This week, a federal judge tossed AMC Entertainment’s attempt to toss out Viva Cinemas antitrust suit over the now shuttered theater’s Spanish-language showings of first-run studio pictures.
District Judge Alfred Bennett on Tuesday, August 21, put things on trail route in rejecting AMC’s motion for summary judgement. It is a rejection, with allegations of illegal “horizontal agreements” between AMC and its thousands of screens and The Walt Disney Company Warner Bros, Fox, Paramount, Universal, Sony, and Lionsgate, may have the studios already feeling a little heat.
Viva Cinemas Theaters, the plaintiff, specializes in serving the Hispanic community with dubbed or subtitled films and alleged in its 2015 complaint that AMC came to “clearance” pacts that carved out exclusivity on first-run films in its geographical region. Locked out of hits including Iron Man and Fast and Furious, Viva went out of business.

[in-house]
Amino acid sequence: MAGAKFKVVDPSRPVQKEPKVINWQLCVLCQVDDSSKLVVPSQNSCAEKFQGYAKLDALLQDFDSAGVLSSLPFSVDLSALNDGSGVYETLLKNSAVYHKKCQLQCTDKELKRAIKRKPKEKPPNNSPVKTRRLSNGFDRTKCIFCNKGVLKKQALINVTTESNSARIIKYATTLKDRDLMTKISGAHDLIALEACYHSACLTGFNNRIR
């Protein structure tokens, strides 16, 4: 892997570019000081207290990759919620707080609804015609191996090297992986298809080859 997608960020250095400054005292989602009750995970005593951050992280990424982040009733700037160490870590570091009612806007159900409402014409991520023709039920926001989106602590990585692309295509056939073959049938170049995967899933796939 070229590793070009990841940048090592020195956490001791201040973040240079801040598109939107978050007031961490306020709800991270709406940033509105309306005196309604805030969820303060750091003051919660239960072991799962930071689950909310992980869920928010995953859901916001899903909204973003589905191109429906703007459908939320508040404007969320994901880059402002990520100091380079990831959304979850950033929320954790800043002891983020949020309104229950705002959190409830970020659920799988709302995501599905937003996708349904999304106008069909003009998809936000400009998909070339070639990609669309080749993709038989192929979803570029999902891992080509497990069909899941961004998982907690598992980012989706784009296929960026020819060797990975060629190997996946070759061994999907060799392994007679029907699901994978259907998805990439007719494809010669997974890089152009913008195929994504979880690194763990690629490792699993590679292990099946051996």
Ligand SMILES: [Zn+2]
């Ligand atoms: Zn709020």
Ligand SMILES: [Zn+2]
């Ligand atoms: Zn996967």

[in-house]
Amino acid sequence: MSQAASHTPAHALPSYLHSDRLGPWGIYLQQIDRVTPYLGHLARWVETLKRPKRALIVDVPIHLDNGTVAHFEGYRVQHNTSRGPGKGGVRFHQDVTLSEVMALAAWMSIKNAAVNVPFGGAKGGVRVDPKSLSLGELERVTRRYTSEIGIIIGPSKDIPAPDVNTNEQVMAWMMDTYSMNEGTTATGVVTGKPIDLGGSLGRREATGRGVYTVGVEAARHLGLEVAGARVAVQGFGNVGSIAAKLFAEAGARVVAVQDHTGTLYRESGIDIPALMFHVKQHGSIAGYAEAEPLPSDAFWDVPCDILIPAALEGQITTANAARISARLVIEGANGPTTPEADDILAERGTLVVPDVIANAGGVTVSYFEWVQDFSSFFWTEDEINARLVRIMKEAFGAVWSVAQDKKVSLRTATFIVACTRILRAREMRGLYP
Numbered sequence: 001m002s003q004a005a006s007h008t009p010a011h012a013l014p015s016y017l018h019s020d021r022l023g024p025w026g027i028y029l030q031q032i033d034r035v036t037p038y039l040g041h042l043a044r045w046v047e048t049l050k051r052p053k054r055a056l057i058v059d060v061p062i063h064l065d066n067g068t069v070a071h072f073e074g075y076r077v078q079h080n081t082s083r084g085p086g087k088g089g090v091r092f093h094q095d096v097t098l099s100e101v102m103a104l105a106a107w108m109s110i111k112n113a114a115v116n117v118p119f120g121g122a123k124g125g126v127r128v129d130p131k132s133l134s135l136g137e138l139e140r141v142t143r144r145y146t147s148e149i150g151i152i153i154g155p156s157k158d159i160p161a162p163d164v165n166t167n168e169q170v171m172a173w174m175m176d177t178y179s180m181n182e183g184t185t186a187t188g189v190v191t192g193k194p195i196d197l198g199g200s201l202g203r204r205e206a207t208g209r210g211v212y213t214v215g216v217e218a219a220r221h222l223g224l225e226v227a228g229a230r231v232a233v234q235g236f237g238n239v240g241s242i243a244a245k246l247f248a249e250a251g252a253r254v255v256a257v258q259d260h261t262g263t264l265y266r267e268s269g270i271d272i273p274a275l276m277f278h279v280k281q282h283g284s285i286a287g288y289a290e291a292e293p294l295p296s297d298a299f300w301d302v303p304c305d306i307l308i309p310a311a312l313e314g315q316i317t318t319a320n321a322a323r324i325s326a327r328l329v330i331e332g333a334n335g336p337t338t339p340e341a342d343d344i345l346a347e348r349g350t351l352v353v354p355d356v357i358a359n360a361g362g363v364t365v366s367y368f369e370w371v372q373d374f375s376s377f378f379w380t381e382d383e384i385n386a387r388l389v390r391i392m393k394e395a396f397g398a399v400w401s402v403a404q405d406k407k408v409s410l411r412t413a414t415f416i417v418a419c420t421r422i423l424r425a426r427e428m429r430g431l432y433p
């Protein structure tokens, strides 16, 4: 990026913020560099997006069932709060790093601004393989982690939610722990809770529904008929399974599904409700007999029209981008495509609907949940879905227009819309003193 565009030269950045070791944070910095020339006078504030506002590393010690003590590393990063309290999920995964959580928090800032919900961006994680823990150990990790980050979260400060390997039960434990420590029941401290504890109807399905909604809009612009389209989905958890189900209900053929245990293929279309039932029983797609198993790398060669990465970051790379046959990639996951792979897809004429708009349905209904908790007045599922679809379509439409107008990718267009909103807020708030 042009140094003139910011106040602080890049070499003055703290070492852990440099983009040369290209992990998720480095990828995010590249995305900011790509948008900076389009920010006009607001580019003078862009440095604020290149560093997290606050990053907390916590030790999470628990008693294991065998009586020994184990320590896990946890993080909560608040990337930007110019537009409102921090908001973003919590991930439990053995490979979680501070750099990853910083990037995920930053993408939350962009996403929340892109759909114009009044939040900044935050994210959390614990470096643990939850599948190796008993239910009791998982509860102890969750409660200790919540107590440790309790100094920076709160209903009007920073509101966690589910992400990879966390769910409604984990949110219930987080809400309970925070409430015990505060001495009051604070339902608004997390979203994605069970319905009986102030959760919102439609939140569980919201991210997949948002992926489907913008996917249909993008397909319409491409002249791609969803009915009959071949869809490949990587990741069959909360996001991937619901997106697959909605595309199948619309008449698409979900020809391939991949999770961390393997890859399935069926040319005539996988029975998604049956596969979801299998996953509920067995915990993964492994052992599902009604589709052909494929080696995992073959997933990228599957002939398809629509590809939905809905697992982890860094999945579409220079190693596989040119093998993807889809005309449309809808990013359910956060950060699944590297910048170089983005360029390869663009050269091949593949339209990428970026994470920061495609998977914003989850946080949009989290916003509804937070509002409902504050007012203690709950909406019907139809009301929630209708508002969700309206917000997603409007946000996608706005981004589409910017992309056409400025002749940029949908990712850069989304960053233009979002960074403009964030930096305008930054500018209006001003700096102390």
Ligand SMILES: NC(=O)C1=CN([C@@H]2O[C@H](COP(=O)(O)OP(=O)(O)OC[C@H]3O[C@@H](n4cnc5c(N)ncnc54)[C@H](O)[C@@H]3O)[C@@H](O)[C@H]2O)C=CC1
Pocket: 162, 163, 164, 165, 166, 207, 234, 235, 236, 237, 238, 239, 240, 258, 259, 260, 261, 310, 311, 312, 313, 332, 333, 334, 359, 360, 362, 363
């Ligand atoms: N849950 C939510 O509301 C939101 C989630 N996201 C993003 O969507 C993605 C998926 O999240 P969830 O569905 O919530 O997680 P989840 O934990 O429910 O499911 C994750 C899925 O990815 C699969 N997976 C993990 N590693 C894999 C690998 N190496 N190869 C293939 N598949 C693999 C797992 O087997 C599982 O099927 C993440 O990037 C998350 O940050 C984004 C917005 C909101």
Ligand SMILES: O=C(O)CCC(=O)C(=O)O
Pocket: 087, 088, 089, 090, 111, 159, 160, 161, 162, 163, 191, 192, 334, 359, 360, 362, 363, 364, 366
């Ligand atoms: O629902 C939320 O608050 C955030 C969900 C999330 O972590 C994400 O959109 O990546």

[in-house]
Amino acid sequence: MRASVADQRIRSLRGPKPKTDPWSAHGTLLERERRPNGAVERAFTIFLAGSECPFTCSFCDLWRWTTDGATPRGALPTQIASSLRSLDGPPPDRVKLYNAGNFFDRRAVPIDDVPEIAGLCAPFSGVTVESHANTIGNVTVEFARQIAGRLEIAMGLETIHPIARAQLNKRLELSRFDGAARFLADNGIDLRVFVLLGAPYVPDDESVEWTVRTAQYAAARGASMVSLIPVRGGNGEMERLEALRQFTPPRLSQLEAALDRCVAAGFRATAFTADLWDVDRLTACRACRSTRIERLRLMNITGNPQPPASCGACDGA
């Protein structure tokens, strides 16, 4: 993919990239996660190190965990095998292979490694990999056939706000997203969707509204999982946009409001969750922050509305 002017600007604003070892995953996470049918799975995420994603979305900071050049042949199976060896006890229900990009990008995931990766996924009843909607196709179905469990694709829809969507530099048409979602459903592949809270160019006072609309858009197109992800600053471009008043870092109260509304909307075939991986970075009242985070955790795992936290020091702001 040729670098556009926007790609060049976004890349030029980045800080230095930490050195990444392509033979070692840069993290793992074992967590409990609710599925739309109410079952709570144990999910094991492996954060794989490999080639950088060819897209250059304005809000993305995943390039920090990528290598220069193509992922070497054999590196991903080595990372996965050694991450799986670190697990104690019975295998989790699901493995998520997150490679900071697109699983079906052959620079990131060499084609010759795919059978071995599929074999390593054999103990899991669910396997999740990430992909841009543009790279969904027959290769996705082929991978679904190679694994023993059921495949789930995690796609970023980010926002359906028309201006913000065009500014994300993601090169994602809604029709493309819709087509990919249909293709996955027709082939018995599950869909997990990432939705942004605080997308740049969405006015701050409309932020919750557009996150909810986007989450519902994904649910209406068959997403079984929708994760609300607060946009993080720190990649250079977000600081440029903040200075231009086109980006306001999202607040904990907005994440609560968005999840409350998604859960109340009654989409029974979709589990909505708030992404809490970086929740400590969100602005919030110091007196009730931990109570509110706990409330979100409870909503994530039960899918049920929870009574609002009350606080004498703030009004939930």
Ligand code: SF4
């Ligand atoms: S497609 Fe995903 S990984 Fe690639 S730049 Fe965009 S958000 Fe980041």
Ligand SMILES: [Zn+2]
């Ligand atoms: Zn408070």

AMC argued that Viva failed to present sufficient evidence of horizontal agreements with its suppliers (movie producers), but the judge wants it tested at trial.
“Viva points to four things to support an inference that such agreements existed,” he wrote. “(1) the fact that all the suppliers uniformly refused to license first-run movies to Viva, (2) evidence that the suppliers knew AMC requested a clearance from all the other suppliers at issue, (3) evidence that the suppliers’ uniform compliance with AMC’s request was publically available knowledge, and (4) that such action was against each individual supplier’s self-interest (absent AMC’s request) unless they all acted uniformly as any individual supplier would want their movie in as many theaters as possible and would not want to lose any market space to the other suppliers.”
The decision comes weeks after the Justice Department announced it would be reviewing the Paramount Consent Decrees.
Full Content: Hollywood Reporter